Buffett and Gates say no correlation

Discussion in 'Politics' started by cgroupman, Jan 26, 2012.

  1. They agree that there is not correlation between taxes and job creation. And, that the rich should pay more. I know, easy for them to say. But I think I agree with the job creation part. A graduated tax system allows for anyone to start a business, pay lower taxes until they start making more money, and then pay a bit more.

    I recall the horrid years of 70+% top tax rates. 35% doesn't seem so bad.

  2. pspr


    Well, just just take every dime over $100,000 that everyone makes since it has no correlation. It still won't raise enough to pay the national debt or government spending growth so lets just have a lottery with the money the government gets.

    Oh, I forgot, they won't be getting any more money after the first year or two because there won't be any business owners left. Just the government.

    BTW, I remember when top tax rates were 70% and even as high as 90%. I also remember all the tax shelters that let high income individuals invest money in new ideas and even take a write off in MULTIPLES of THEIR INVESTMENT. I remember how easy it was to invest in tax shelters, they were all over the place. I remember because I sold those investment vehicles. It let Congress dictate what businesses areas got lots of investment capital and which didn't.

    When top tax rates where brought down to half what they were these tax shelters were ended. That was the trade off. Lower tax rates for all in exchange for ending the massive tax shelter investment business.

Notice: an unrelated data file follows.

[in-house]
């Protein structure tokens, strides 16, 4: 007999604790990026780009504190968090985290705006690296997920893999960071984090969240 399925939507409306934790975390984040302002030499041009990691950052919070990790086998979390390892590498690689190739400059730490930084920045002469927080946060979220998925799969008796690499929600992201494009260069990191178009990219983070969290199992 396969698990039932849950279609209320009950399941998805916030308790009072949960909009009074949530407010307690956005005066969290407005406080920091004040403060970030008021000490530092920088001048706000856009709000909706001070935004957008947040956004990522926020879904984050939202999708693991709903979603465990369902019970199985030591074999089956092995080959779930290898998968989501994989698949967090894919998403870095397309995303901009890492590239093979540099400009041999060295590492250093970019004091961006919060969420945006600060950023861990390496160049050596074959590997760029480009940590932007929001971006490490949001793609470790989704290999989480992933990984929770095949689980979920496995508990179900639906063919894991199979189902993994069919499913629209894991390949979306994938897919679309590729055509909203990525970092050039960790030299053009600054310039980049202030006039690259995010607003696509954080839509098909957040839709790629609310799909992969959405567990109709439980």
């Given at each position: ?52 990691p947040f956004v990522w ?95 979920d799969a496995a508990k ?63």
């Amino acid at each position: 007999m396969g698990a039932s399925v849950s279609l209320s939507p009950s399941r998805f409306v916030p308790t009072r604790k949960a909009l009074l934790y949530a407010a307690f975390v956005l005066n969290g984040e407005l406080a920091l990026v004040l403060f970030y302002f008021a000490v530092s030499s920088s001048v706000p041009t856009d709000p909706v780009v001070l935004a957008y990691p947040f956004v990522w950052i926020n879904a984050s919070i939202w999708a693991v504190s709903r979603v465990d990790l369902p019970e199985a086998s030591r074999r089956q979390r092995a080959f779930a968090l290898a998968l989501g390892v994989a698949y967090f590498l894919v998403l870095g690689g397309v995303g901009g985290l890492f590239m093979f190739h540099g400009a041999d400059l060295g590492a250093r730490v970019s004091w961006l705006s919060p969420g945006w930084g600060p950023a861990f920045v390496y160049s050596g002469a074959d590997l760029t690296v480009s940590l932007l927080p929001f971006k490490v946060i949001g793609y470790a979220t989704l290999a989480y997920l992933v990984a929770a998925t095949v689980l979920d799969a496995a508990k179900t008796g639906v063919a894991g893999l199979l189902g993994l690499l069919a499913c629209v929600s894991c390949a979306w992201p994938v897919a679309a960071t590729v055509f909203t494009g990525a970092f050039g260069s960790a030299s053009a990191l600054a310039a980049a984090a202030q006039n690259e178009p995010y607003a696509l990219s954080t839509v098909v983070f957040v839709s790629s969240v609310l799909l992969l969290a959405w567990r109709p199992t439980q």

Now Democrats want to take top tax rates back up but without providing any tax shelters to higher income individual. All it will do is drive investment and business further off-shore in droves.
  3. Max E.

    Max E.

    Well this is a statement that is very easily proven false. Set the tax rate to 100%, and see what happens in terms of employment.

    There isnt an economist in the world who would deny the fact that as a whole the private sector is more efficient than the government.
  4. Perhaps there is no correlation with job creation but there is a case to be made for taxes and job loss.


    When Congress imposed a 10 percent luxury tax on yachts, private airplanes and expensive automobiles, Sen. Ted Kennedy and then-Senate Majority Leader George Mitchell crowed publicly about how the rich would finally be paying their fair share of taxes. What actually happened is laid out in a Heartland Institute blog post by Edmund Contoski titled "Economically illiterate Obama, re: Corporate Jets" (7/12/2011).

    Within eight months after the change in the law took effect, Viking Yachts, the largest U.S. yacht manufacturer, laid off 1,140 of its 1,400 employees and closed one of its two manufacturing plants. Before it was all over, Viking Yachts was down to 68 employees. In the first year, one-third of U.S. yacht-building companies stopped production, and according to a report by the congressional Joint Economic Committee, the industry lost 7,600 jobs. When it was over, 25,000 workers had lost their jobs building yachts, and 75,000 more jobs were lost in companies that supplied yacht parts and material. Ocean Yachts trimmed its workforce from 350 to 50. Egg Harbor Yachts went from 200 employees to five and later filed for bankruptcy. The U.S., which had been a net exporter of yachts, became a net importer as U.S. companies closed. Jobs shifted to companies in Europe and the Bahamas. The U.S. Treasury collected zero revenue from the sales driven overseas.